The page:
Th17 cytokine differentiation and loss of plasticity after SOCS1 inactivation in a cutaneous T-cell lymphoma.
Cast your vote
You can rate an item by clicking the amount of stars they wish to award to this item.
When enough users have cast their vote on this item, the average rating will also be shown.
Your vote was cast
Thank you for your feedback
Thank you for your feedback
Kadin, Marshall E
Drexler, Hans G
MacLeod, Roderick A F
MetadataShow full item record
AbstractWe propose that deregulated T-helper-cell (Th) signaling underlies evolving Th17 cytokine expression seen during progression of cutaneous T-cell lymphoma (CTCL). Accordingly, we developed a lymphoma progression model comprising cell lines established at indolent (MAC-1) and aggressive (MAC-2A) CTCL stages. We discovered activating JAK3 (V722I) mutations present at indolent disease, reinforced in aggressive disease by novel compound heterozygous SOCS1 (G78R/D105N) JAK-binding domain inactivating mutations. Though isogenic, indolent and aggressive-stage cell lines had diverged phenotypically, the latter expressing multiple Th17 related cytokines, the former a narrower profile. Importantly, indolent stage cells remained poised for Th17 cytokine expression, readily inducible by treatment with IL-2 - a cytokine which mitigates Th17 differentiation in mice. In indolent stage cells JAK3 expression was boosted by IL-2 treatment. Th17 conversion of MAC-1 cells by IL-2 was blocked by pharmacological inhibition of JAK3 or STAT5, implicating IL2RG - JAK3 - STAT5 signaling in plasticity responses. Like IL-2 treatment, SOCS1 knockdown drove indolent stage cells to mimic key aggressive stage properties, notably IL17F upregulation. Co-immunoprecipitation experiments showed that SOCS1 mutations abolished JAK3 binding, revealing a key role for SOCS1 in regulating JAK3/STAT5 signaling. Collectively, our results show how JAK/STAT pathway mutations contribute to disease progression in CTCL cells by potentiating inflammatory cytokine signaling, widening the potential therapeutic target range for this intractable entity. MAC-1/2A cells also provide a candidate human Th17 laboratory model for identifying potentally actionable CTCL markers or targets and testing their druggability in vitro.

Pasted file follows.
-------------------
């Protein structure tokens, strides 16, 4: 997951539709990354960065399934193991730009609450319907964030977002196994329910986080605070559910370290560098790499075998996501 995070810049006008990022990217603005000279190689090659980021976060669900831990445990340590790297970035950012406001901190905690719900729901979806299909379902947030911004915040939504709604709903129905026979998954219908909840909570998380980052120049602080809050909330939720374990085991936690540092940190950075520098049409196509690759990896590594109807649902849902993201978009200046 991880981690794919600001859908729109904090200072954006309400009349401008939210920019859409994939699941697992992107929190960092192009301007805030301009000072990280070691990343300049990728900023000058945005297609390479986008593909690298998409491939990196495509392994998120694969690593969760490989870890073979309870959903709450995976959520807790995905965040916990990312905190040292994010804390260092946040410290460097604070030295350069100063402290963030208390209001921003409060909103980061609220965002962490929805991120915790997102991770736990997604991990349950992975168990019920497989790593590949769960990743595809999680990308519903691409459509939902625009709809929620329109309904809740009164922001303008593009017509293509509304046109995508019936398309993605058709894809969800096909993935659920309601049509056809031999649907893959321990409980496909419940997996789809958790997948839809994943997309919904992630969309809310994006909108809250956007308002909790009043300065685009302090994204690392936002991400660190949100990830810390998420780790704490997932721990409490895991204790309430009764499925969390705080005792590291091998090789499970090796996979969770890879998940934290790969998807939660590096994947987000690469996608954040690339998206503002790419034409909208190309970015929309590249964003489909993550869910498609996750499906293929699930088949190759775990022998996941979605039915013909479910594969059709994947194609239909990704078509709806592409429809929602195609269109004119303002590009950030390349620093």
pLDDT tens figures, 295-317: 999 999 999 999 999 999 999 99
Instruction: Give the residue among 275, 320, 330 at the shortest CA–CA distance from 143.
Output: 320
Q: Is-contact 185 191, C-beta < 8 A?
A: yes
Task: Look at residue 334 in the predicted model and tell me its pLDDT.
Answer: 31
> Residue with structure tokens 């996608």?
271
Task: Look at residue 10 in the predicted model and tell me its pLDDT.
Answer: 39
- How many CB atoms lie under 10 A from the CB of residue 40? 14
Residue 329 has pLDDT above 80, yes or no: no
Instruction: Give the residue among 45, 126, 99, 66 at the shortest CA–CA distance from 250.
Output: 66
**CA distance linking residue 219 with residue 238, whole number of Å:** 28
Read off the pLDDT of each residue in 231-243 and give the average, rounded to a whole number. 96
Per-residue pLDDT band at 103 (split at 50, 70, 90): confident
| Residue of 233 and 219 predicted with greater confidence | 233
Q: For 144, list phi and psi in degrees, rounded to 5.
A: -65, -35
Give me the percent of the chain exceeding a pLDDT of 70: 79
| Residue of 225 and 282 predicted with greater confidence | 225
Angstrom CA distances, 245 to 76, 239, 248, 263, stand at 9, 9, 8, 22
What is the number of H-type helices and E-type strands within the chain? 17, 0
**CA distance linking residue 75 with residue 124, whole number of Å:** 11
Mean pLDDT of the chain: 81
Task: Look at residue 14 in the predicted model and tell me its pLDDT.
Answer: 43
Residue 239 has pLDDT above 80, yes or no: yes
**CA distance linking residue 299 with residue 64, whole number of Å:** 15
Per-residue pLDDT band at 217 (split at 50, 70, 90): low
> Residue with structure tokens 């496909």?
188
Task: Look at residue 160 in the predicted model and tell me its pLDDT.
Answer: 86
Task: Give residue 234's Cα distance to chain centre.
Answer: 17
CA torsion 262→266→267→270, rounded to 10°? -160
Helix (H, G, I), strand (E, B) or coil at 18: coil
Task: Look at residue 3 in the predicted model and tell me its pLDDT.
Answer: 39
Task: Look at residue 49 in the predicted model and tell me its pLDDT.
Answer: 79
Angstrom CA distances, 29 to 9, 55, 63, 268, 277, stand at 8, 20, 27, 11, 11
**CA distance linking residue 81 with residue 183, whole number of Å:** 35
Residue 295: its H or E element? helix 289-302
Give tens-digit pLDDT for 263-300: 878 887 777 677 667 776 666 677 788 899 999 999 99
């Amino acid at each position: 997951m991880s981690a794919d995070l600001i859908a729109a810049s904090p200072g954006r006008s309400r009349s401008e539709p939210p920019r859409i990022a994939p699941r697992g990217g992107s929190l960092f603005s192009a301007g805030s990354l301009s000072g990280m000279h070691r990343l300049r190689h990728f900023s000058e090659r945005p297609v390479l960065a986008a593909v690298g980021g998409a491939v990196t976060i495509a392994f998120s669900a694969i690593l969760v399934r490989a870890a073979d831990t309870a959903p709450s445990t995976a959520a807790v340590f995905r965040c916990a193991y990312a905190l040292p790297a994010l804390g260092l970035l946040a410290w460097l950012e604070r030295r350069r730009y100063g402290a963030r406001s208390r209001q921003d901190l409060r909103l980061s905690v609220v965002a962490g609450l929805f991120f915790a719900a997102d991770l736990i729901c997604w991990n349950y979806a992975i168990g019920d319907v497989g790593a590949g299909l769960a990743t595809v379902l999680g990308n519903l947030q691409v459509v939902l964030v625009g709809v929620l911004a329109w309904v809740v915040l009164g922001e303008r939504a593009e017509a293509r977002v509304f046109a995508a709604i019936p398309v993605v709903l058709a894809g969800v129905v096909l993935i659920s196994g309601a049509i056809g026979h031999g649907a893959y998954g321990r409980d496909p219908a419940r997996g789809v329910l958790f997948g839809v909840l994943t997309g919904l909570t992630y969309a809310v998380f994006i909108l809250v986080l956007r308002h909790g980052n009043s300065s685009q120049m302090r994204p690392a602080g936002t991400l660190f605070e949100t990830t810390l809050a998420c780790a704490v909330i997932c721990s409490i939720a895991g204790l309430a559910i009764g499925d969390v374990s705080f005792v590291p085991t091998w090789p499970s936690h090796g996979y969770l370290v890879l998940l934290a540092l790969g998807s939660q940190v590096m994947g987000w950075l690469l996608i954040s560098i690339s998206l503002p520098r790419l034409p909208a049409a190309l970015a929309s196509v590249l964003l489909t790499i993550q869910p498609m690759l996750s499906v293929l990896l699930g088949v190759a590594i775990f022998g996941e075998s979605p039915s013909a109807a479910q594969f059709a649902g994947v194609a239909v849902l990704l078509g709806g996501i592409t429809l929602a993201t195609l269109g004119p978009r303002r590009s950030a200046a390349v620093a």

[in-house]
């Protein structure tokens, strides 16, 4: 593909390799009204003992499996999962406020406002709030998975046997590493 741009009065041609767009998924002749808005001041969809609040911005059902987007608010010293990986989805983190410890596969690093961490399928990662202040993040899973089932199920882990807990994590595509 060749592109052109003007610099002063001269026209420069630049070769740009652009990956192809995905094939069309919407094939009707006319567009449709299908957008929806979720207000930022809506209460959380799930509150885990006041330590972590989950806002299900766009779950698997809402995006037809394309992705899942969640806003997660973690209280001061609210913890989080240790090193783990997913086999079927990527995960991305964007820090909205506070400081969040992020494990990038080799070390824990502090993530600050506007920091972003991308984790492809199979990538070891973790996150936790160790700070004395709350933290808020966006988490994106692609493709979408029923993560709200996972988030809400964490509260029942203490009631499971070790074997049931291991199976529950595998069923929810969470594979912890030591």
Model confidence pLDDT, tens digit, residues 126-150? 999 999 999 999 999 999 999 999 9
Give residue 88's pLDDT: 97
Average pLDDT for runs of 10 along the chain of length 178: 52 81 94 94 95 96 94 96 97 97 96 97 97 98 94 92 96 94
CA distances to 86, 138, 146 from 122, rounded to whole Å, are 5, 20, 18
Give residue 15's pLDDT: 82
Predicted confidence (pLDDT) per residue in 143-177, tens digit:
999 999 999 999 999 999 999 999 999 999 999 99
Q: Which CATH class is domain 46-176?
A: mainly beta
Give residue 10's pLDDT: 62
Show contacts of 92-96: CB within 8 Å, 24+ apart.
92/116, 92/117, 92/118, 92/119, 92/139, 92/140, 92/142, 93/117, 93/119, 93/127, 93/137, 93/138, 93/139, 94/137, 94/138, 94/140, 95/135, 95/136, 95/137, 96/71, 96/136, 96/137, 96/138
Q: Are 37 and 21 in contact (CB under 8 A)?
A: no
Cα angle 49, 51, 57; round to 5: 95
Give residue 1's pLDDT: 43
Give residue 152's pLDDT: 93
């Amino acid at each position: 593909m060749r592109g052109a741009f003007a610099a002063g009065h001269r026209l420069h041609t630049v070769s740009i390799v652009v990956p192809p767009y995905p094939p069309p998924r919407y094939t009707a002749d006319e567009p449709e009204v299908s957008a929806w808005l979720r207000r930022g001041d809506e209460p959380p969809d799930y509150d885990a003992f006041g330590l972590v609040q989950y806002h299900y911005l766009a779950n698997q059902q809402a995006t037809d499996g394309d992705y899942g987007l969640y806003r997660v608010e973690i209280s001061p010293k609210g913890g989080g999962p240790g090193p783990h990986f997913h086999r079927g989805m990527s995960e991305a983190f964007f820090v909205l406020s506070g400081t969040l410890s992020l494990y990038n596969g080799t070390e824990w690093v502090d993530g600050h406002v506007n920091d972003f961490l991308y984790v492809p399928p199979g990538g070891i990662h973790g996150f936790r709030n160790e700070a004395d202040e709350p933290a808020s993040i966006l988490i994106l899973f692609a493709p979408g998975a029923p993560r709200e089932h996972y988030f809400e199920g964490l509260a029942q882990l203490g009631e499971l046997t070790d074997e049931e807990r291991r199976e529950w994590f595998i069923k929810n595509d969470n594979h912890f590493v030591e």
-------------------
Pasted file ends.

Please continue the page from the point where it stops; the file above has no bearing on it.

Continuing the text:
CitationTh17 cytokine differentiation and loss of plasticity after SOCS1 inactivation in a cutaneous T-cell lymphoma. 2016: Oncotarget
AffiliationGerman Collection of Microorganisms and Cell Cultures, Department of Human and Animal Cell Cultures, Braunschweig, Germany.
The following license files are associated with this item:
- Jak3, STAT3, and STAT5 inhibit expression of miR-22, a novel tumor suppressor microRNA, in cutaneous T-Cell lymphoma.
- Authors: Sibbesen NA, Kopp KL, Litvinov IV, Jønson L, Willerslev-Olsen A, Fredholm S, Petersen DL, Nastasi C, Krejsgaard T, Lindahl LM, Gniadecki R, Mongan NP, Sasseville D, Wasik MA, Iversen L, Bonefeld CM, Geisler C, Woetmann A, Odum N
- Issue date: 2015 Aug 21
- t(8;9)(p22;p24)/PCM1-JAK2 activates SOCS2 and SOCS3 via STAT5.
- Authors: Ehrentraut S, Nagel S, Scherr ME, Schneider B, Quentmeier H, Geffers R, Kaufmann M, Meyer C, Prochorec-Sobieszek M, Ketterling RP, Knudson RA, Feldman AL, Kadin ME, Drexler HG, MacLeod RA
- Issue date: 2013
- Deregulation in STAT signaling is important for cutaneous T-cell lymphoma (CTCL) pathogenesis and cancer progression.
- Authors: Netchiporouk E, Litvinov IV, Moreau L, Gilbert M, Sasseville D, Duvic M
- Issue date: 2014
- Cutaneous T cell lymphoma expresses immunosuppressive CD80 (B7-1) cell surface protein in a STAT5-dependent manner.
- Authors: Zhang Q, Wang HY, Wei F, Liu X, Paterson JC, Roy D, Mihova D, Woetmann A, Ptasznik A, Odum N, Schuster SJ, Marafioti T, Riley JL, Wasik MA
- Issue date: 2014 Mar 15
- Differential effects of interleukin-2 and interleukin-15 versus interleukin-21 on CD4+ cutaneous T-cell lymphoma cells.
- Authors: Marzec M, Halasa K, Kasprzycka M, Wysocka M, Liu X, Tobias JW, Baldwin D, Zhang Q, Odum N, Rook AH, Wasik MA
- Issue date: 2008 Feb 15